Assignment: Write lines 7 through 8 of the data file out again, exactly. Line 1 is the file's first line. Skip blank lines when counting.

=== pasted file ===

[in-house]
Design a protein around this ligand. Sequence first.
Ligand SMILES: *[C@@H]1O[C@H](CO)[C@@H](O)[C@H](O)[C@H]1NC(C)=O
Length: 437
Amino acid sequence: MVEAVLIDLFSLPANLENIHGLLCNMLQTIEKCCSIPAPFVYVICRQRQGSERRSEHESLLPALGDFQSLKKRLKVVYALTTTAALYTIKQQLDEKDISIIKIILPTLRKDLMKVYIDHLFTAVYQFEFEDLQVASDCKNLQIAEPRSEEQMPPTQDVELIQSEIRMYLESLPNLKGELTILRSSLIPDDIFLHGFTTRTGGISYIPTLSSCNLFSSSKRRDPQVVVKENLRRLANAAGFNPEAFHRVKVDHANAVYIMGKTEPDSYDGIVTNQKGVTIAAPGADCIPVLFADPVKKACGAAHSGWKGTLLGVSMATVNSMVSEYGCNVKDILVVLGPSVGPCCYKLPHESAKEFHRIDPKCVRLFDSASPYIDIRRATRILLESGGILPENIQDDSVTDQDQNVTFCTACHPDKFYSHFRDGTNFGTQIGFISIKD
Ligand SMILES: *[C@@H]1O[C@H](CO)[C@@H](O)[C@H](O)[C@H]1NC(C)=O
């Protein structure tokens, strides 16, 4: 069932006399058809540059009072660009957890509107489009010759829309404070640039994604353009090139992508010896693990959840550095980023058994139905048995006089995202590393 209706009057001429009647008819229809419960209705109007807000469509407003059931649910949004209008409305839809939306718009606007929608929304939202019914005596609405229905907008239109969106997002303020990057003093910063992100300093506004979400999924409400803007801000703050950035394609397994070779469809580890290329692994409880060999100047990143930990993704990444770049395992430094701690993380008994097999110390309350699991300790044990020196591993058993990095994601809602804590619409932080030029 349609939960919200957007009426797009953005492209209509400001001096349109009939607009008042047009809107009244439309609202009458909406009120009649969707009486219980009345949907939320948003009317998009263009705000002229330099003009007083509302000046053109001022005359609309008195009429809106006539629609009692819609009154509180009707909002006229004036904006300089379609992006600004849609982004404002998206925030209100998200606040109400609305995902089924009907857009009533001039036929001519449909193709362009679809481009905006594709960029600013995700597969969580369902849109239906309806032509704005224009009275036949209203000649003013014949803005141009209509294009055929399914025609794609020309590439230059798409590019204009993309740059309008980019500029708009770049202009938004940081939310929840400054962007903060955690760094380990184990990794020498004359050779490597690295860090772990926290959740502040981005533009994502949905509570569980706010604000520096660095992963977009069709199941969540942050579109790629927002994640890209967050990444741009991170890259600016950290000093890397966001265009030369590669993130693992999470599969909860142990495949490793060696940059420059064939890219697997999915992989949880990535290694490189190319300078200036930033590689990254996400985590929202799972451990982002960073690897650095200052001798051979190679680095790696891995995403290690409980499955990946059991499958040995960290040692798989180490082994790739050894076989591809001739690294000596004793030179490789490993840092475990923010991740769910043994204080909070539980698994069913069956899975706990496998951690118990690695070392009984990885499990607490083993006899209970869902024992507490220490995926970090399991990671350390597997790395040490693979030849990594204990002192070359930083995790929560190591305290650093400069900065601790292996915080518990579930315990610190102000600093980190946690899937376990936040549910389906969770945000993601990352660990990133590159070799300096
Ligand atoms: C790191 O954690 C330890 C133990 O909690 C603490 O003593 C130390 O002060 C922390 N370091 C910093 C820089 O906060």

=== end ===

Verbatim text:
């Protein structure tokens, strides 16, 4: 069932006399058809540059009072660009957890509107489009010759829309404070640039994604353009090139992508010896693990959840550095980023058994139905048995006089995202590393 209706009057001429009647008819229809419960209705109007807000469509407003059931649910949004209008409305839809939306718009606007929608929304939202019914005596609405229905907008239109969106997002303020990057003093910063992100300093506004979400999924409400803007801000703050950035394609397994070779469809580890290329692994409880060999100047990143930990993704990444770049395992430094701690993380008994097999110390309350699991300790044990020196591993058993990095994601809602804590619409932080030029 349609939960919200957007009426797009953005492209209509400001001096349109009939607009008042047009809107009244439309609202009458909406009120009649969707009486219980009345949907939320948003009317998009263009705000002229330099003009007083509302000046053109001022005359609309008195009429809106006539629609009692819609009154509180009707909002006229004036904006300089379609992006600004849609982004404002998206925030209100998200606040109400609305995902089924009907857009009533001039036929001519449909193709362009679809481009905006594709960029600013995700597969969580369902849109239906309806032509704005224009009275036949209203000649003013014949803005141009209509294009055929399914025609794609020309590439230059798409590019204009993309740059309008980019500029708009770049202009938004940081939310929840400054962007903060955690760094380990184990990794020498004359050779490597690295860090772990926290959740502040981005533009994502949905509570569980706010604000520096660095992963977009069709199941969540942050579109790629927002994640890209967050990444741009991170890259600016950290000093890397966001265009030369590669993130693992999470599969909860142990495949490793060696940059420059064939890219697997999915992989949880990535290694490189190319300078200036930033590689990254996400985590929202799972451990982002960073690897650095200052001798051979190679680095790696891995995403290690409980499955990946059991499958040995960290040692798989180490082994790739050894076989591809001739690294000596004793030179490789490993840092475990923010991740769910043994204080909070539980698994069913069956899975706990496998951690118990690695070392009984990885499990607490083993006899209970869902024992507490220490995926970090399991990671350390597997790395040490693979030849990594204990002192070359930083995790929560190591305290650093400069900065601790292996915080518990579930315990610190102000600093980190946690899937376990936040549910389906969770945000993601990352660990990133590159070799300096
Ligand atoms: C790191 O954690 C330890 C133990 O909690 C603490 O003593 C130390 O002060 C922390 N370091 C910093 C820089 O906060």